PIMEN NIKITICH ORLOV | Portrait of Andrei Nikolaevich Karamzin
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Property from a Private Collection, Finland

PIMEN NIKITICH ORLOV | Portrait of Andrei Nikolaevich Karamzin

Estimate: 20,000 - 30,000 GBP

Property from a Private Collection, Finland

PIMEN NIKITICH ORLOV | Portrait of Andrei Nikolaevich Karamzin

Estimate: 20,000 - 30,000 GBP

Lot Sold:25,000GBP

Lot Details

Description

PIMEN NIKITICH ORLOV

1812-1863

Portrait of Andrei Nikolaevich Karamzin


signed in Cyrillic and dated 1836 at the base of the canon wheel

oil on canvas

56 by 46cm, 22 by 18in.

Condition Report

The canvas appears to have been delined at some point and the edges have more recently been strip-lined. There are frame abrasions with minor associated paint loss along the edges. An extensive pattern of tented paint shrinkage and fine craquelure is visible throughout. There is a tiny paint loss to the left of the sitter's lips. Inspection under UV light reveals some very fine scattered inpainting to the craquelure throughout as well as an unevenly discoloured varnish layer. Held in a gold painted wooden frame. Unexamined out of frame.


"In response to your inquiry, we are pleased to provide you with a general report of the condition of the property described above. Since we are not professional conservators or restorers, we urge you to consult with a restorer or conservator of your choice who will be better able to provide a detailed, professional report. Prospective buyers should inspect each lot to satisfy themselves as to condition and must understand that any statement made by Sotheby's is merely a subjective, qualified opinion. Prospective buyers should also refer to any Important Notices regarding this sale, which are printed in the Sale Catalogue.

NOTWITHSTANDING THIS REPORT OR ANY DISCUSSIONS CONCERNING A LOT, ALL LOTS ARE OFFERED AND SOLD AS IS" IN ACCORDANCE WITH THE CONDITIONS OF BUSINESS PRINTED IN THE SALE CATALOGUE."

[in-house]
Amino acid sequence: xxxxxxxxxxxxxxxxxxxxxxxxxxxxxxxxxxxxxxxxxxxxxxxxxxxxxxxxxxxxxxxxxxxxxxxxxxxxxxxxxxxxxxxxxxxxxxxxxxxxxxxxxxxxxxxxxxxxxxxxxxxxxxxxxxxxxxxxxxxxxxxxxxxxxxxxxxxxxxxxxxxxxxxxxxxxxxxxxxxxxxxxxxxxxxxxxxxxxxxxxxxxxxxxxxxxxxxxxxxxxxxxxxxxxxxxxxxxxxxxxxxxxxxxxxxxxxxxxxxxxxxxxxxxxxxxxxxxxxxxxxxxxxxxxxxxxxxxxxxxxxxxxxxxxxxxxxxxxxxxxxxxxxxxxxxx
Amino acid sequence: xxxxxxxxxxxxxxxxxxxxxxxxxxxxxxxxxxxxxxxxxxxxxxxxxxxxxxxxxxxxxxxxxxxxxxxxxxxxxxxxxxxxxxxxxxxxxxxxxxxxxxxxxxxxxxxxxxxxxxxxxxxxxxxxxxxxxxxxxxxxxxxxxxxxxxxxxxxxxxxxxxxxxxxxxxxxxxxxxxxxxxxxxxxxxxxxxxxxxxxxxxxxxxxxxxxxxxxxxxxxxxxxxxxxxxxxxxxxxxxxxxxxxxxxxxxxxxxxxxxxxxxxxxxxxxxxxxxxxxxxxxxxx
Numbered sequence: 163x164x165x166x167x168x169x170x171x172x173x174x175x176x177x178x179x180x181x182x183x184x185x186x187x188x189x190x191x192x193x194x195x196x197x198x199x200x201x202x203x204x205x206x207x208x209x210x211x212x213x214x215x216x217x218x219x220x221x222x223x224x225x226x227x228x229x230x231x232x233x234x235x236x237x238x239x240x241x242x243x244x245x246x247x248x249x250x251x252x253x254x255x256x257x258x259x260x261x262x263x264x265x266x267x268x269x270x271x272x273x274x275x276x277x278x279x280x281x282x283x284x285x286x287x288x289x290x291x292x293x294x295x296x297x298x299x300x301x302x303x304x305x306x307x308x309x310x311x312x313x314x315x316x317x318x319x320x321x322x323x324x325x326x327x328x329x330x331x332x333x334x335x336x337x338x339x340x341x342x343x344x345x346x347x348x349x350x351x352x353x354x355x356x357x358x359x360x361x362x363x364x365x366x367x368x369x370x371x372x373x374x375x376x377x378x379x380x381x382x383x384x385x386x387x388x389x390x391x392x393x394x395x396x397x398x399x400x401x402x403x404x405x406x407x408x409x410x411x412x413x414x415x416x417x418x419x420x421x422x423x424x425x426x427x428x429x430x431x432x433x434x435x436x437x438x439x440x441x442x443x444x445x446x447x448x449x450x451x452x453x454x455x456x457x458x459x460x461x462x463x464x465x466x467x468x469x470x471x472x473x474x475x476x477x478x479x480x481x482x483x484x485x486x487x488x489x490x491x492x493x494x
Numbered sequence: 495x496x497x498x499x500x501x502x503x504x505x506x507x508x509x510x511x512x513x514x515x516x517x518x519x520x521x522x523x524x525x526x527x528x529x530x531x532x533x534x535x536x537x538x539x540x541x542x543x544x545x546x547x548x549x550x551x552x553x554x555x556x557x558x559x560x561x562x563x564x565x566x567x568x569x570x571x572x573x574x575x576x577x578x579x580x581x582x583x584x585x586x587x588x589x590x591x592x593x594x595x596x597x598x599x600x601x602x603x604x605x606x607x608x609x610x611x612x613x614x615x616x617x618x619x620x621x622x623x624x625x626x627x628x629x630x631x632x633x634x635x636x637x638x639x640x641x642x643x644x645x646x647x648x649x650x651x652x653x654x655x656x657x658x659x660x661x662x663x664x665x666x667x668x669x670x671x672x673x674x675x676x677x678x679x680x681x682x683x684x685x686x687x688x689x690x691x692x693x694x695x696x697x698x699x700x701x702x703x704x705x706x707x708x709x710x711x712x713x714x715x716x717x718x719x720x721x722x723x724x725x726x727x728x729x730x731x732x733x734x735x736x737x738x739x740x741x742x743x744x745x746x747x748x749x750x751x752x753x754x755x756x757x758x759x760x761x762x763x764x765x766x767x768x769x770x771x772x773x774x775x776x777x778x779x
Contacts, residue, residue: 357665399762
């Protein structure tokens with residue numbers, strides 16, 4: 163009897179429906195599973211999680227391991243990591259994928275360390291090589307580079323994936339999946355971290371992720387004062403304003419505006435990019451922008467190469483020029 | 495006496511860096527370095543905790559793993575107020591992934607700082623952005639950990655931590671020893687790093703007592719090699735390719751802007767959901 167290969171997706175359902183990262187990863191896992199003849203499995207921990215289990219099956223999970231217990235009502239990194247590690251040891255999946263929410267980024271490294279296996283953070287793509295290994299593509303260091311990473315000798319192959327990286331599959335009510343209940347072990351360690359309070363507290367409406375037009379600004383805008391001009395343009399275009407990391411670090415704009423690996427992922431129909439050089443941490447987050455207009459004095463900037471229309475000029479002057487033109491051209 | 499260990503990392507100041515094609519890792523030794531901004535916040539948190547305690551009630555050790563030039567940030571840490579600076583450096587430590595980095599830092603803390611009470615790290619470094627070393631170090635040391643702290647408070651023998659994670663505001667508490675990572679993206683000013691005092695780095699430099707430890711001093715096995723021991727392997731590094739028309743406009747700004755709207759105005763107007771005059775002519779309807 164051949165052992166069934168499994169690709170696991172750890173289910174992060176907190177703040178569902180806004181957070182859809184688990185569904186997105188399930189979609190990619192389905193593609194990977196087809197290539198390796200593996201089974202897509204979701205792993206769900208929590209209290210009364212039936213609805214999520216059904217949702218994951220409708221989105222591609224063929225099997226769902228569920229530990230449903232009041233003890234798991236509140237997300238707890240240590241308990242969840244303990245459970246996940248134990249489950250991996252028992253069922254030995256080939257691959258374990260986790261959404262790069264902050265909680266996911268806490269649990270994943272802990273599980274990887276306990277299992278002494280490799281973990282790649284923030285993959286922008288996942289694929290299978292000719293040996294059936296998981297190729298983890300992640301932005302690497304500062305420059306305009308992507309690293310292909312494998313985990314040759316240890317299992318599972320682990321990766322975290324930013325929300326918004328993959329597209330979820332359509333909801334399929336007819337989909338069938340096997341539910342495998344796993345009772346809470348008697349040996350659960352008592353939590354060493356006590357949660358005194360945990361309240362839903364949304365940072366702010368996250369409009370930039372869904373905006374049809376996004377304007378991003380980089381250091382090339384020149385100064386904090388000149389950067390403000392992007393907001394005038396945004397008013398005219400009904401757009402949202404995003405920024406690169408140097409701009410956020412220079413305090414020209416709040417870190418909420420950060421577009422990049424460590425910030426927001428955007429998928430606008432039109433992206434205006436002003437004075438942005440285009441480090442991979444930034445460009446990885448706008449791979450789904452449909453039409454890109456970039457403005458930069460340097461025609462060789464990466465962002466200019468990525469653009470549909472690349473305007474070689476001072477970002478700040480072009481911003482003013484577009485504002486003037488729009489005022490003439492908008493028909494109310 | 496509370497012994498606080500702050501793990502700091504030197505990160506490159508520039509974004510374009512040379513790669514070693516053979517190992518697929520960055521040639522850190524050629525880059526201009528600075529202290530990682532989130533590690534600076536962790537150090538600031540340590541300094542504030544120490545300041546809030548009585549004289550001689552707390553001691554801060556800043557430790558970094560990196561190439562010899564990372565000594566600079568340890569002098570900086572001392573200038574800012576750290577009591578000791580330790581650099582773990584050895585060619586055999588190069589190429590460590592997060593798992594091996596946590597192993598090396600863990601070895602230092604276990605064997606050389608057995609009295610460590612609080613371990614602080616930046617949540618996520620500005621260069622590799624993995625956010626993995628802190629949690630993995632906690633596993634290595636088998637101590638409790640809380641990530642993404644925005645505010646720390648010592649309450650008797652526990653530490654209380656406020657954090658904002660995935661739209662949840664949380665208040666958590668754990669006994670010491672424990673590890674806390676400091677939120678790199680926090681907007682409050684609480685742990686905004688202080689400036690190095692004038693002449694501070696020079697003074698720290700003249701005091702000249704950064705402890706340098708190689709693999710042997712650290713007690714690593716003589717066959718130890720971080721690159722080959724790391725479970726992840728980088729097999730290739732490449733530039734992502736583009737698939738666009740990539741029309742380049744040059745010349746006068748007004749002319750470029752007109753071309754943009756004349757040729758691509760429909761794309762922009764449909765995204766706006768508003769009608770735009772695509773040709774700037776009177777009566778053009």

Cataloguing

Provenance

Ekaterina Petrovna Kleinmichel (née Meshcherskaya; 1843-1924)

Thence by descent to her daughter Maria Vladimirovna von Etter (née Kleinmichel; 1872-1950)

Acquired from the von Etter family by the parents of the present owner in the 1960s

Exhibited

St Petersburg, Imperial Academy of Arts, 1836

Literature

Kratkii obzor Vystavki Imperatorskoi Akademii Khudozhestv, 1836, p.7, no.266 listed as Portret g[ospodina] Karamzina

L.Bardovskaya, 'Vnov' obretennye portrety Karamzinykh-Meshcherskikh', Nashe Nasledie, 2017, no.122, p.33 illustrated, sitter incorrectly identified as Alexander Karamzin

Catalogue Note

The first half of the 19th century in Russia was marked by the political turbulence of the Decembrist uprising, the rise of sentimentalism and romantic nationalism, and the rapid development of Russian arts and literature. The Karamzin family played an important role in this cultural and political revival.


Of the six portraits presented for sale, five are of the children of Nikolai Mikhailovich Karamzin – Sofia, Andrei, Alexander, Vladimir and Ekaterina – and the sixth is of Ekaterina’s husband, and Karamzin’s son-in-law, Petr Meshchersky with their son Nikolai. The similar format portraits were executed by two different artists – Jean-Auguste Bard in Italy circa 1835 and Pimen Orlov in Russia between 1836 and 1839 and remained in the collection of the Karamzin family until the middle of the 20th century.


Nikolai Karamzin was a renowned writer and historian who laid the foundation for the future of Russian literature. Alexander Pushkin, a great admirer, was first introduced to Karamzin as an adolescent in 1816. Karamzin’s most famous work, a twelve-volume History of the Russian State, provided the main source for Pushkin’s drama Boris Godunov and had a profound influence on the young poet’s style. In addition to Pushkin, Nikolai Gogol, Mikhail Lermontov and Vasily Zhukovsky were all close friends with Karamzin’s children and frequently attended the literary salon hosted by Ekaterina Andreevna Karamzina and her step-daughter Sofia. According to the 19th century literary critic Ivan Panaev, ‘To be granted literary fame in high society, it was necessary to be admitted to the salon of Mrs Karamzina – the widow of the historian. That was where diplomas for literary talents were issued.’


The present lot, depicting Nikolai Karamzin’s son Andrei, was painted by Pimen Orlov while he was still a student at the Imperial Academy of Arts and a pupil of the leading 19th century portraitist Karl Briullov. Orlov started work on the portrait in 1936 and exhibited it at the Academy exhibition that year where it was awarded a second rank silver medal.


According to the famous Pushkin scholar Boris Modzalevsky, at the dawn of the Revolution the portraits of Karamzin’s two daughters, Ekaterina and Sofia, belonged to his granddaughter, Ekaterina Kleinmichel, who emigrated to Finland in 1916. These two portraits, along with the other works from the present group, remained with Karamzin’s descendants in Finland until the 1960s, when they were acquired by the parents of the present owner.

Russian Pictures
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